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Who Should Control the Internet?

A U.N. sponsored summit on information technology starts November 16th in Tunis. While the meeting is intended to discuss how to foster Internet growth in developing countries, observers say it’s likely that the Tunis summit will be a struggle over who should control the Internet.

From its inception in the early 1990s, the Internet has grown into a global marketplace, a forum for ideas and political expression, and the greatest repository of information the world has ever seen. The Internet has become so vital, and so powerful a tool, that nations are now vying to control its structures and how it operates.

In 1998, the U.S. Commerce Department put key aspects of the Internet under the control of a private corporation called ICANN, the Internet Corporation for Assigned Names and Numbers. ICANN is in charge of domain names, meaning what a website is called, along with web address indentifiers such as dot-com, dot-net, etcetera and the two-letter suffix each country has been given. ICANN also has certain Internet policy powers. For instance, it can remove websites from the Internet, and can decide who can sell and register domain names.

Multinational Move to Take Control

The European Union and some individual countries such as China, Iran, Syria and Cuba object to what they see as U.S. dominance of the Internet and ICANN’s present powers. Syracuse University information technology professor Milton Mueller sets forth their position.

“A lot of the world’s governments - not just the E.U. - feel [that] because they are governments, they should make public policy and not this private corporation based in the U.S. that happens to have a contract with the United States government. Their idea is that the world’s governments should somehow get together and set policy principles that ICANN would then follow,” he says.

Mr. Mueller says those countries have proposed that Internet control be given over to an independent international body that is not aligned with or connected to any single government.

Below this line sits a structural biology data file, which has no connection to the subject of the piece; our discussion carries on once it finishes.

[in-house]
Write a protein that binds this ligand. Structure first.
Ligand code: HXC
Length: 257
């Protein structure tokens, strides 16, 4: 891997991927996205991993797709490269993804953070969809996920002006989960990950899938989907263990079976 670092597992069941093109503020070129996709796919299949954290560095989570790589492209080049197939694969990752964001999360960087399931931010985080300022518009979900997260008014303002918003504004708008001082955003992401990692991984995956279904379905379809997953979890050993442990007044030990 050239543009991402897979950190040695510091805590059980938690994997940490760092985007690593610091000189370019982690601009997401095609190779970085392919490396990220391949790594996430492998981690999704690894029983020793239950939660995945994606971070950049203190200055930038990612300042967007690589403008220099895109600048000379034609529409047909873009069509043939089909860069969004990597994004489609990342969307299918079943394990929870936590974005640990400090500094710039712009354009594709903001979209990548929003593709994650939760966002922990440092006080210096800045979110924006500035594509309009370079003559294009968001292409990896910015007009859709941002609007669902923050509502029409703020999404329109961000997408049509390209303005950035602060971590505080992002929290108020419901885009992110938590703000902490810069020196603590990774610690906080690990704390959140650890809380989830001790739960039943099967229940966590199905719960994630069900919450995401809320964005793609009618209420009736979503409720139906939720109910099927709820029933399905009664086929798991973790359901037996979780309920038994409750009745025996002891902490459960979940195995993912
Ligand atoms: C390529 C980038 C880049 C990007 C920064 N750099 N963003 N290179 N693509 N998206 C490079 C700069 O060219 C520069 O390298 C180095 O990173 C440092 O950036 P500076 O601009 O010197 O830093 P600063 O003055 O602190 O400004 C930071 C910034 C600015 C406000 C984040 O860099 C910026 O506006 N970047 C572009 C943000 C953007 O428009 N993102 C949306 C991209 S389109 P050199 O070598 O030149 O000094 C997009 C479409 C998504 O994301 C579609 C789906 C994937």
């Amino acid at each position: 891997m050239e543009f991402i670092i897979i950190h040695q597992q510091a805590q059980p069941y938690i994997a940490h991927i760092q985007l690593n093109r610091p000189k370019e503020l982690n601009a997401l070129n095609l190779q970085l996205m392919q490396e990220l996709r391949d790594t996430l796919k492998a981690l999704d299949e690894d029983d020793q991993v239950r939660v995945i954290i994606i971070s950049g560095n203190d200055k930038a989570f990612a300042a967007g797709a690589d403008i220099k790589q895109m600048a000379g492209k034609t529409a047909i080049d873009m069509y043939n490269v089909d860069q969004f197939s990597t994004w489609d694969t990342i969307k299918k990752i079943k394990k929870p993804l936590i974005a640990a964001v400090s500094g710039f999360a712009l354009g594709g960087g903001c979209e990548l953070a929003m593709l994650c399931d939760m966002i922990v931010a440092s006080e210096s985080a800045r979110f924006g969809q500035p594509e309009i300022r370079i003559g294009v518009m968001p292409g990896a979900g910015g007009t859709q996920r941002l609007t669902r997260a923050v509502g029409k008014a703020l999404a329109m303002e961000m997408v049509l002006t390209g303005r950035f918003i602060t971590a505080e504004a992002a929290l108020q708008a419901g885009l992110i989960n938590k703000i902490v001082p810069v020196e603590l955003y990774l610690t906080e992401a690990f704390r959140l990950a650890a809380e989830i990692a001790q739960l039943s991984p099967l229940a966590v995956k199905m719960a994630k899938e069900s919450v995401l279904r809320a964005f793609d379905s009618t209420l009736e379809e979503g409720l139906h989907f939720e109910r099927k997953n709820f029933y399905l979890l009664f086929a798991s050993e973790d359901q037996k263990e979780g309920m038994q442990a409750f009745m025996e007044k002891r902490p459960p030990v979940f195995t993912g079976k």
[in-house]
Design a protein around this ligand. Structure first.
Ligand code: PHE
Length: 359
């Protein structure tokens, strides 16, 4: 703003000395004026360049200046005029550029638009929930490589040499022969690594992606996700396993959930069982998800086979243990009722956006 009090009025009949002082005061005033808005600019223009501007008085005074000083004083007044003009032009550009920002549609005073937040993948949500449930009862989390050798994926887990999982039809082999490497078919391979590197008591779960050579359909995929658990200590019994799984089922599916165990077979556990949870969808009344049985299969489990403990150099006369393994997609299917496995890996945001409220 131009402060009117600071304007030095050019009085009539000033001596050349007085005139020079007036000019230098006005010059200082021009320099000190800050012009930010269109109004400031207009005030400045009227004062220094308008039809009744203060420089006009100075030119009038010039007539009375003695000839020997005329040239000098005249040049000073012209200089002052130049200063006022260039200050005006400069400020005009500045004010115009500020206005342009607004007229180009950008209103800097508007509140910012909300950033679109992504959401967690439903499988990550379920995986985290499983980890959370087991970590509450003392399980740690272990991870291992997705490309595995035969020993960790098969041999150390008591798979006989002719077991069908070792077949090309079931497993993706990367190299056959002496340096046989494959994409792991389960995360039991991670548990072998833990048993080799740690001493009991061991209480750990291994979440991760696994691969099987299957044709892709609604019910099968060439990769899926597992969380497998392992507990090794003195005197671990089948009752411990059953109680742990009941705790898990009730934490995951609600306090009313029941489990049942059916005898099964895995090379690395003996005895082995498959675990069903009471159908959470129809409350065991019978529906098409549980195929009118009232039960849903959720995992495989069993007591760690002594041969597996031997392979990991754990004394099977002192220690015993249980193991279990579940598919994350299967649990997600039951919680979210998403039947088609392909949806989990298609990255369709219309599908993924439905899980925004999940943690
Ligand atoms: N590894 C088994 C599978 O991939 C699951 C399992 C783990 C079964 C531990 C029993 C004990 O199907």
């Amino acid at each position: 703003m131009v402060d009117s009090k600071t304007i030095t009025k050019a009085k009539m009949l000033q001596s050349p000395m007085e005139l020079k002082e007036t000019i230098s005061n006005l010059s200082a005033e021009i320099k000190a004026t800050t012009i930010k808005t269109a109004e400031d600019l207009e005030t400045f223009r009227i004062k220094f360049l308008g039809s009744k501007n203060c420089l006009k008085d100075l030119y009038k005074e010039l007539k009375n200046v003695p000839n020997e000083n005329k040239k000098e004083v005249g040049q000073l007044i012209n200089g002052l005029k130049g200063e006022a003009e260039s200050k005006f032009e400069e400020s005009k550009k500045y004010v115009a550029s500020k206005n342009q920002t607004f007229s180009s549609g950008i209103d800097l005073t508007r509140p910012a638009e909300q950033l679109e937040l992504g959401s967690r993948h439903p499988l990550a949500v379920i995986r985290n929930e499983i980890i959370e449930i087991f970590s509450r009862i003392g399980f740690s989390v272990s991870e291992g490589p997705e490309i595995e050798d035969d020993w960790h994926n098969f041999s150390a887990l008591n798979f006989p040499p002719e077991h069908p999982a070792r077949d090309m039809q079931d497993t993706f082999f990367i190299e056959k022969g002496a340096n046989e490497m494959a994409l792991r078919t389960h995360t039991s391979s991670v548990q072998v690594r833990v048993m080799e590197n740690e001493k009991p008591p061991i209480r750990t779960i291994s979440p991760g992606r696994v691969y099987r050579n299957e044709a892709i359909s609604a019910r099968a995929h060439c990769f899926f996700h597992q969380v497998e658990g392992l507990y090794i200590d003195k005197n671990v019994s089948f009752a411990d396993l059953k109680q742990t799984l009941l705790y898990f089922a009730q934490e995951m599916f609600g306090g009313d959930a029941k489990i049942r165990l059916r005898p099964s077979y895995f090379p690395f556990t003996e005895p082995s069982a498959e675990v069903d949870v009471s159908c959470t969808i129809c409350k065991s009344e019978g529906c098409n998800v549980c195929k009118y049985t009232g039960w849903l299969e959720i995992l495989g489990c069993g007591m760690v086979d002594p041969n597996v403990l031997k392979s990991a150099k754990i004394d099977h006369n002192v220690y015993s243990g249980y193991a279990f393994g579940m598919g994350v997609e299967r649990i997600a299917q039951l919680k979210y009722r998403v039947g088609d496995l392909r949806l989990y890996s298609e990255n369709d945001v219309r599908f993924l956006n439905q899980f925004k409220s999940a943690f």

Control Issue Coming to a Head at Tunis Conference

This disagreement over ICANN and Internet control is expected to dominate the U.N. – sponsored “World Summit on the Information Society” which begins November 16th in Tunis. The summit was originally intended to focus on how to spread the Internet throughout the developing world.

Harris Miller, president of the Information Technology Association of America disputes the position of the E.U. and others. He says ICANN already has a mechanism for governments to have a say in how the Internet operates.

“It’s called the “Government Advisory Committee,” he says "and it does provide formal input to ICANN before ICANN makes decisions on important issues. So the idea that there is no way for governments to have their views heard is simply not true.”

Arguments Supporting the Status Quo

Those who do not want ICANN’s powers diminished or given to a third-party outside the United States raise concerns about what governments might do if they controlled key Internet structures. One hypothetical example involves China, which has the two-letter country code “CN.” ICANN’s defenders say Beijing’s hostility to Taiwan might prompt it to demand that Taiwan’s two-letter country code, “TW" be abolished, and all Internet traffic on that island be placed under the “CN” mainland code. That, critics say, might enable Beijing to effectively control the Internet for people in Taiwan.